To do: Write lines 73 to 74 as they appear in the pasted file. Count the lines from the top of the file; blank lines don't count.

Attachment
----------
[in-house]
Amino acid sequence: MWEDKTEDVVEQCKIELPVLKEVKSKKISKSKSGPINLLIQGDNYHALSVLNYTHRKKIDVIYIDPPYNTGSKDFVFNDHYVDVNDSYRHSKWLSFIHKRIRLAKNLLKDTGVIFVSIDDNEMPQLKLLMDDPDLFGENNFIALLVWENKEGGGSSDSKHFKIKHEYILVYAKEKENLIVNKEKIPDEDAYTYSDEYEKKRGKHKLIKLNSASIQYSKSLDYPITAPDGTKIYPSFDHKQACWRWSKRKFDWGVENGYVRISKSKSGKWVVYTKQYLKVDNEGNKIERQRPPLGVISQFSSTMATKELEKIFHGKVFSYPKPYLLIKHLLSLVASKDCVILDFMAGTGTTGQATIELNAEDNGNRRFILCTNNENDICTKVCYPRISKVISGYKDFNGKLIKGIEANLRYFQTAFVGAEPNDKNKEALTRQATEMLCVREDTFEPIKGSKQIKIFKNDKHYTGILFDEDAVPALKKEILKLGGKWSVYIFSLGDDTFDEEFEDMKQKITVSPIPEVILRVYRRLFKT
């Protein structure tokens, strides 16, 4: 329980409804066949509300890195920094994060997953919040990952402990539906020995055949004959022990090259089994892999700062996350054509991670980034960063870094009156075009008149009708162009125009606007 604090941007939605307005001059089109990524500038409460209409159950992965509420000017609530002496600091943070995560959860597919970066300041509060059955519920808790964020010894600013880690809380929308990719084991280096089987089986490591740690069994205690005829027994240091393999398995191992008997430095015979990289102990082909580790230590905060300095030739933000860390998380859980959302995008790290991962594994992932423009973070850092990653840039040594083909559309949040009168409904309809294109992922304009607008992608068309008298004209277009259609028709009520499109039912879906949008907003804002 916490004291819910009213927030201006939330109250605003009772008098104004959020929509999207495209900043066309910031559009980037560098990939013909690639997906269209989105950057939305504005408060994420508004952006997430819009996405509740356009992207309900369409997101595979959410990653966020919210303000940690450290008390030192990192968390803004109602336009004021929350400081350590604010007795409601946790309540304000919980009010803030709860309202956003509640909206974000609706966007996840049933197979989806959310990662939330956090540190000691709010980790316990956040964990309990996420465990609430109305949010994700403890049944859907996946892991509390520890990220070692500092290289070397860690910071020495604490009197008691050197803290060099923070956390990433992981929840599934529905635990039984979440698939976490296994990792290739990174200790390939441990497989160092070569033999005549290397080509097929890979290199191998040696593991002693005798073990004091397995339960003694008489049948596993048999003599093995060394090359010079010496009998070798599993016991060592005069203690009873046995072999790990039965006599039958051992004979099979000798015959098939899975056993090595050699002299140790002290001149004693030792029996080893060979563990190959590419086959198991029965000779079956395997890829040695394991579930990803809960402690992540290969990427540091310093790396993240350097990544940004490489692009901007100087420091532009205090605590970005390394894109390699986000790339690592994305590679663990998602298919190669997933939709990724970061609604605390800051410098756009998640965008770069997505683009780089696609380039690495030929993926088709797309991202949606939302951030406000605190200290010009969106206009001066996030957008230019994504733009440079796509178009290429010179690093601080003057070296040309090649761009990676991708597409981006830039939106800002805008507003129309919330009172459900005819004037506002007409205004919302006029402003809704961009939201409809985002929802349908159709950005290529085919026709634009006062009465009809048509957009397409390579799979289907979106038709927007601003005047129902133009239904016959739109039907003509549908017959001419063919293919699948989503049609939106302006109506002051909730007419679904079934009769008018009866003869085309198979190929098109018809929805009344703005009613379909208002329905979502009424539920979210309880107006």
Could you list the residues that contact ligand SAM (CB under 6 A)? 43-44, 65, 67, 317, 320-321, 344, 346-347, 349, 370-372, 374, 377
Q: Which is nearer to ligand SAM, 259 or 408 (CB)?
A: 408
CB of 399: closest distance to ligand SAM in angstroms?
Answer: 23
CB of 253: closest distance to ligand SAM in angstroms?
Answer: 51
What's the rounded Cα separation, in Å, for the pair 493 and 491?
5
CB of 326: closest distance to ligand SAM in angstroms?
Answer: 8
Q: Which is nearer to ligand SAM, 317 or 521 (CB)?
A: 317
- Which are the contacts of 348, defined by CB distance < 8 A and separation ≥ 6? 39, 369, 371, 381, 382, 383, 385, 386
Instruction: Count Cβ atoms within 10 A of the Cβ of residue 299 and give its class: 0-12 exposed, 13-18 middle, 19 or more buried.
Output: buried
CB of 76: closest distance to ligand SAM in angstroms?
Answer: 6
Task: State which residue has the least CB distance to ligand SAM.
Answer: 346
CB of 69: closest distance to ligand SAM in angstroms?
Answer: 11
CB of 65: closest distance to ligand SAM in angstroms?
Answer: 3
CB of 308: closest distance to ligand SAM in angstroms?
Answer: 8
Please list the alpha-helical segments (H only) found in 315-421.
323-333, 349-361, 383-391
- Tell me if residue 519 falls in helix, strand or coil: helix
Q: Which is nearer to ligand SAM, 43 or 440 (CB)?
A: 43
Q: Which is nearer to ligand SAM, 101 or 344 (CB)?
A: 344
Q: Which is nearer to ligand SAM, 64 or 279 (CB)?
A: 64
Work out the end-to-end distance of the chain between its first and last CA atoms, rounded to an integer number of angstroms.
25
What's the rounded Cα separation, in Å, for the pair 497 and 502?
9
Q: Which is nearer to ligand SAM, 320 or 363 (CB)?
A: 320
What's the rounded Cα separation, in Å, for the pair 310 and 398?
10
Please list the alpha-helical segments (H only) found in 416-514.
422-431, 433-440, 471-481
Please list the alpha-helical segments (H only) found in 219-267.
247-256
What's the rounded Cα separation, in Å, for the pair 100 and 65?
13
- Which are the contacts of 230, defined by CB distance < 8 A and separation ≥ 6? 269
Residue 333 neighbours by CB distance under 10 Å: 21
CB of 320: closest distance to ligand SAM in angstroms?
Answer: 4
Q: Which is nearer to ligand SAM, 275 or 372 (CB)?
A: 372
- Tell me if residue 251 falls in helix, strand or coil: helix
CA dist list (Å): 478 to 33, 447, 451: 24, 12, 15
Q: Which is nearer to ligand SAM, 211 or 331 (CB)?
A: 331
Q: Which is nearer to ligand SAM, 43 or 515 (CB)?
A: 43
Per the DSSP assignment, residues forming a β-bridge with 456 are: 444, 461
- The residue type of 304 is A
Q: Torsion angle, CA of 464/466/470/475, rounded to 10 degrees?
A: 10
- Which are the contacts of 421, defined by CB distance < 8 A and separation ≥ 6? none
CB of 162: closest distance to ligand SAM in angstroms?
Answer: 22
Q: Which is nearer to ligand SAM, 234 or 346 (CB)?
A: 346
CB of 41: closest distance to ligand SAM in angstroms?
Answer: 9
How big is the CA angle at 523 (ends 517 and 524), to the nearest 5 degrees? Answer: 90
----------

A: 346
CB of 41: closest distance to ligand SAM in angstroms?